07/22/2008 05:12 am ET Updated May 25, 2011

The "Absurd" TV News Cult Of Personality

Tailored suit, tasteful hair, good posture, all business, only rare hints of perkiness.

I've been checking out Katie Couric, really putting the evil eye on her. You know, Couric, the former NBC "Today" superstar and subsequent $15-million-a-year Jeanne d'Arc who fell hard from her CBS high horse when delivering no miracles to lift that network's evening newscast from third in the ratings.

Media wonks are now wondering who will leave office first, George W. Bush or Couric.

It matters because even though their popularity has steadily fallen since their glory years, and more and more Americans turn to the Internet for news, the flagship newscasts of NBC, ABC and CBS together still attract more than 21 million viewers on weeknights, according to Nielsen Media Research. That's nearly seven times the combined prime-time audience of cable's Barnum & Bailey gang of Fox News, CNN and MSNBC.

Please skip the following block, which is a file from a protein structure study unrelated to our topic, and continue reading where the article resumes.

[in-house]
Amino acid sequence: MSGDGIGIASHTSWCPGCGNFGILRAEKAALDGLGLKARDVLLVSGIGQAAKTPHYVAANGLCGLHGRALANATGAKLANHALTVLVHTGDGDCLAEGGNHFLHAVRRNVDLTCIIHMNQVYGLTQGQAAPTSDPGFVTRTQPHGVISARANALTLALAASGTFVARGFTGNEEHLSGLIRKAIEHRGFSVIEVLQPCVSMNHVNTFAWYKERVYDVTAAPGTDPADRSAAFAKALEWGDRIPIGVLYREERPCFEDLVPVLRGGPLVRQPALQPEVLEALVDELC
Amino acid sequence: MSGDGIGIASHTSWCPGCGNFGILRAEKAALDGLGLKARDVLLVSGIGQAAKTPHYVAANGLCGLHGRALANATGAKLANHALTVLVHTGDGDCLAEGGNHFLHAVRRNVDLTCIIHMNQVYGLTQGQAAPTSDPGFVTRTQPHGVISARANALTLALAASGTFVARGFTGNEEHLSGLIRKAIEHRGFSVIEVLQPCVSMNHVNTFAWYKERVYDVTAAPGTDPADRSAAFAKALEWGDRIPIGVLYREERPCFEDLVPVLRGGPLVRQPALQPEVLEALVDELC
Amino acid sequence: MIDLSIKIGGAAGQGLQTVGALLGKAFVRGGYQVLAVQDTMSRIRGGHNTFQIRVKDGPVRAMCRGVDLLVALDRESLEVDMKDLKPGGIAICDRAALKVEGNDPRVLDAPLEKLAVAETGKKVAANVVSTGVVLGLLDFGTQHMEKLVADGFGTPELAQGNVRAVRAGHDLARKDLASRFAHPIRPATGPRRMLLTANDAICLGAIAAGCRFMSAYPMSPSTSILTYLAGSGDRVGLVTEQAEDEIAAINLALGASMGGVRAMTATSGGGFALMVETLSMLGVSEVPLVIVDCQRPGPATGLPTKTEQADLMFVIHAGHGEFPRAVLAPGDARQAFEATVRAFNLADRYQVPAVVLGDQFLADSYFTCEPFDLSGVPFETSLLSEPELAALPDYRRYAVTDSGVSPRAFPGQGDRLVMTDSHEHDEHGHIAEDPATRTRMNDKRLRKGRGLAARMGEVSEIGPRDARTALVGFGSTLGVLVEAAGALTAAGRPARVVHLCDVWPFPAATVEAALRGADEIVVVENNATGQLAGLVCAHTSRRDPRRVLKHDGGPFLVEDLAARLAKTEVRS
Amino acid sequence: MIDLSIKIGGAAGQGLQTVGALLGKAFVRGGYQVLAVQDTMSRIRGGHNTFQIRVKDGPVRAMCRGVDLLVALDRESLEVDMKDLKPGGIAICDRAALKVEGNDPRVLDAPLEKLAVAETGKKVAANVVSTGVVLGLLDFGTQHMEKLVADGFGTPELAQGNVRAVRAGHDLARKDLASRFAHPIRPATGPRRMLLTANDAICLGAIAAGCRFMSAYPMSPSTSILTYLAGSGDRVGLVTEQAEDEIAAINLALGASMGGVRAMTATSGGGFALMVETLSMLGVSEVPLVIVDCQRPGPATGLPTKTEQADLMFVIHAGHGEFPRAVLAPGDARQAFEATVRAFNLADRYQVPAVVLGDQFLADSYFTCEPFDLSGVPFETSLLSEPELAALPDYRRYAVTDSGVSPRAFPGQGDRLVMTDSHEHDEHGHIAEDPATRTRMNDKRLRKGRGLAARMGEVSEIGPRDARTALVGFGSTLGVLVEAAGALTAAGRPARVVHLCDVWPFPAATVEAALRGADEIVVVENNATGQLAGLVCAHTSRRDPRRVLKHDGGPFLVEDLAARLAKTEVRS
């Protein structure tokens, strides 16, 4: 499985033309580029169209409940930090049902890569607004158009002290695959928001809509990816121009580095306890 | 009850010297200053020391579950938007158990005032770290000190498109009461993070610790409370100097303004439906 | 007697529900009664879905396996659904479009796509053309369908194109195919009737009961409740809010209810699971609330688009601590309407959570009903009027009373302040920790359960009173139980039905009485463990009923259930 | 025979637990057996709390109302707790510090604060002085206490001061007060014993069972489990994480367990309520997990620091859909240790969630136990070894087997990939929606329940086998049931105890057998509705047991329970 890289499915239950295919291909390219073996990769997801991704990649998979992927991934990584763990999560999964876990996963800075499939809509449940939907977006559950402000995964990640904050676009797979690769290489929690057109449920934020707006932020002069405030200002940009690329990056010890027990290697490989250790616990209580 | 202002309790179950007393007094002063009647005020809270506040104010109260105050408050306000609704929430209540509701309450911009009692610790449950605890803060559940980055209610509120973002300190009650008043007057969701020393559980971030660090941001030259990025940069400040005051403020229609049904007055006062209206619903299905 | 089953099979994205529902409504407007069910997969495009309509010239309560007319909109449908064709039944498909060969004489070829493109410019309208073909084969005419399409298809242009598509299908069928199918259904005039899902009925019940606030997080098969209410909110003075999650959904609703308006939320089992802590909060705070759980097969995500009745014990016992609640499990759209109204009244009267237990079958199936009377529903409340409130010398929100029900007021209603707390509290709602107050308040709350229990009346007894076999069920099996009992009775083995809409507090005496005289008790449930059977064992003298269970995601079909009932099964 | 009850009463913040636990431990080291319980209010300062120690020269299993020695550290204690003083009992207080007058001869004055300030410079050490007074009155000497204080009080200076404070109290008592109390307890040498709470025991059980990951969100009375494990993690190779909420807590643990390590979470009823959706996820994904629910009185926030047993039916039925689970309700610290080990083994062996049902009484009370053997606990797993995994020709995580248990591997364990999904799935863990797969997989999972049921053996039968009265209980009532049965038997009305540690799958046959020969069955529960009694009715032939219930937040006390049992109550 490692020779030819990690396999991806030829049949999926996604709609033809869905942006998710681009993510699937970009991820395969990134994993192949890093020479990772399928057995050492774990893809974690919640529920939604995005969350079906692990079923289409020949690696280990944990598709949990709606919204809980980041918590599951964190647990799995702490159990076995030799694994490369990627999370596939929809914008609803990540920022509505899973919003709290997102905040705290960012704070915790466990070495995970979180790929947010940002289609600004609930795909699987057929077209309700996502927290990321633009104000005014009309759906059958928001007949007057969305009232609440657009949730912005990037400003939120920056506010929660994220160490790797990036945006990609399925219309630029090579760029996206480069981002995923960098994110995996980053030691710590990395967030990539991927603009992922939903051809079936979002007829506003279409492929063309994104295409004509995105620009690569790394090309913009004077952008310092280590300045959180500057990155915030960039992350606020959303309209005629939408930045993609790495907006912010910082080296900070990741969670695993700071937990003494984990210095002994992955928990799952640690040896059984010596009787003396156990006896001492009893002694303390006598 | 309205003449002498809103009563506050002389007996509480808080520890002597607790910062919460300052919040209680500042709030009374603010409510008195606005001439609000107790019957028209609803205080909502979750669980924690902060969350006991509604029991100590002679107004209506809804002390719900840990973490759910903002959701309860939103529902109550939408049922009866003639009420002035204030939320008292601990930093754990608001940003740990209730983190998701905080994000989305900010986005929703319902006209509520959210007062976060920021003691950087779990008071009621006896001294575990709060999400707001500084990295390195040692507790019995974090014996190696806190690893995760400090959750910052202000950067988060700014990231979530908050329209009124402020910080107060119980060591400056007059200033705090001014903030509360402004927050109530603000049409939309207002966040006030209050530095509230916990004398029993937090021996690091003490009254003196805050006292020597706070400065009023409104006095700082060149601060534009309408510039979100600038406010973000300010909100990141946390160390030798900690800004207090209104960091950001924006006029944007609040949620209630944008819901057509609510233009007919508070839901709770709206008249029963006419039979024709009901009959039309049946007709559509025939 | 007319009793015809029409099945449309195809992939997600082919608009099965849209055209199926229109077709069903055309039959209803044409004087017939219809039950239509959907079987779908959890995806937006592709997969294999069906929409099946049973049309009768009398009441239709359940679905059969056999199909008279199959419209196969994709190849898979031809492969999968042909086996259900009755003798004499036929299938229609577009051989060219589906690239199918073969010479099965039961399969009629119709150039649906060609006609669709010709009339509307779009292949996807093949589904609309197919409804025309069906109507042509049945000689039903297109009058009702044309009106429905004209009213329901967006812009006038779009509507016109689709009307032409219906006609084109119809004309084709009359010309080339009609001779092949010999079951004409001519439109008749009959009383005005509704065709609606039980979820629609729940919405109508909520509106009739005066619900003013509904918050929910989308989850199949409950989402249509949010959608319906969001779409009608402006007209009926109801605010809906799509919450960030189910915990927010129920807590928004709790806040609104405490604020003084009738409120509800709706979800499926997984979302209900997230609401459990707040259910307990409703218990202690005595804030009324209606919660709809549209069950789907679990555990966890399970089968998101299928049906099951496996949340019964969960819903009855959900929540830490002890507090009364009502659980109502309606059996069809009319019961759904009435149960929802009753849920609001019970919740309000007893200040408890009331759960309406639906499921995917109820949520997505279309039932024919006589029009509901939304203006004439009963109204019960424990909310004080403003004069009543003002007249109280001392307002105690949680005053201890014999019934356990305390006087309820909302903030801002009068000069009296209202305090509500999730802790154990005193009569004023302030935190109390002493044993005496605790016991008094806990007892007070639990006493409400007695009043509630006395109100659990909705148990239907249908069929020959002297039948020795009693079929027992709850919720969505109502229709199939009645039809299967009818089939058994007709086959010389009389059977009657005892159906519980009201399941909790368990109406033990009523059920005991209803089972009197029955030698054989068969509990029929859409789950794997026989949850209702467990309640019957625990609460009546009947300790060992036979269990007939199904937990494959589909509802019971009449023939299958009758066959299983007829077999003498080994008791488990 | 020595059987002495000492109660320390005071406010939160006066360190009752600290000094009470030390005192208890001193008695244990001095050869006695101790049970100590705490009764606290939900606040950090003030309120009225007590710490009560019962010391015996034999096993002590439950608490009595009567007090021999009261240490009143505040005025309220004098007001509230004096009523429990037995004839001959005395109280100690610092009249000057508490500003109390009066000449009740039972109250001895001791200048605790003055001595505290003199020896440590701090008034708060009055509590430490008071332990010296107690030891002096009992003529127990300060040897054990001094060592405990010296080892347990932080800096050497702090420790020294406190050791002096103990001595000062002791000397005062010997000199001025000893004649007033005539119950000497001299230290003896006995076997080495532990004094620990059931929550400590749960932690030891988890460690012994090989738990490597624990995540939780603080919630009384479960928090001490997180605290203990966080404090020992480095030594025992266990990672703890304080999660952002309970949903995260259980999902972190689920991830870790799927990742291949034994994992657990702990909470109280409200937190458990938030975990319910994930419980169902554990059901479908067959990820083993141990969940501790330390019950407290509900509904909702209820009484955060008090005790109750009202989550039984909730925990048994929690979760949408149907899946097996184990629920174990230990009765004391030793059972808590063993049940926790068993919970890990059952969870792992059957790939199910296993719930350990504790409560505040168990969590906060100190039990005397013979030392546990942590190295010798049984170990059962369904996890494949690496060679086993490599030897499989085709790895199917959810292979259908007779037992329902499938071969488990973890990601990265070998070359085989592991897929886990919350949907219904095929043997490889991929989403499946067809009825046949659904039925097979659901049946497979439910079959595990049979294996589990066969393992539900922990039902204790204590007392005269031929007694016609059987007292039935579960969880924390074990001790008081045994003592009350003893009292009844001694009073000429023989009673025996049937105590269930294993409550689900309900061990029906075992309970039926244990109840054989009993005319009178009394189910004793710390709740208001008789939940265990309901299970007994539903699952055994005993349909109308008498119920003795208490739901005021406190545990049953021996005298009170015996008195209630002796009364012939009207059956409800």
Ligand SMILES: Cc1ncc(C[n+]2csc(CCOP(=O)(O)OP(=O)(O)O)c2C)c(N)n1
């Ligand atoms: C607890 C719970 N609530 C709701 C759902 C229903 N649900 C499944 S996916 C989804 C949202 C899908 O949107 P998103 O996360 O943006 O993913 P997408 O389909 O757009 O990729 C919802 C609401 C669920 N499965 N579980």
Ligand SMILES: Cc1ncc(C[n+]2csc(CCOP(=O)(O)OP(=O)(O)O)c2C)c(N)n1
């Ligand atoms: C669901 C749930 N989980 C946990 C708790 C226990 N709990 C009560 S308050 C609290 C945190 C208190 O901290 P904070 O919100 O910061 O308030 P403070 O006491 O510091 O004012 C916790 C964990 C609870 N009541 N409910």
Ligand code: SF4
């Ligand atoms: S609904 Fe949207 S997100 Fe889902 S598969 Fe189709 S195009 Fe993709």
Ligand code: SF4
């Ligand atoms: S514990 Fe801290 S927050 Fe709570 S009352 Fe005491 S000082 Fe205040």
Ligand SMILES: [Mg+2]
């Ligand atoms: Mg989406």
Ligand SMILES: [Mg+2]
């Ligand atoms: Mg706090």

The dubious common wisdom is that Couric has lacked the gravitas, poor kid, to challenge the twin towers of NBC's Brian Williams and ABC's Charles (formerly known as Charlie) Gibson. True or not, her newscast's failure has earned her full blame, for if she'd passed these front-runners, wouldn't she have received all the credit? Not the troops she fronted, just her.

Which is why this whole sainthood thing, this persisting TV news cult of personality, is so . . . so . . . what's the word I'm searching for?

Oh, yes: absurd.

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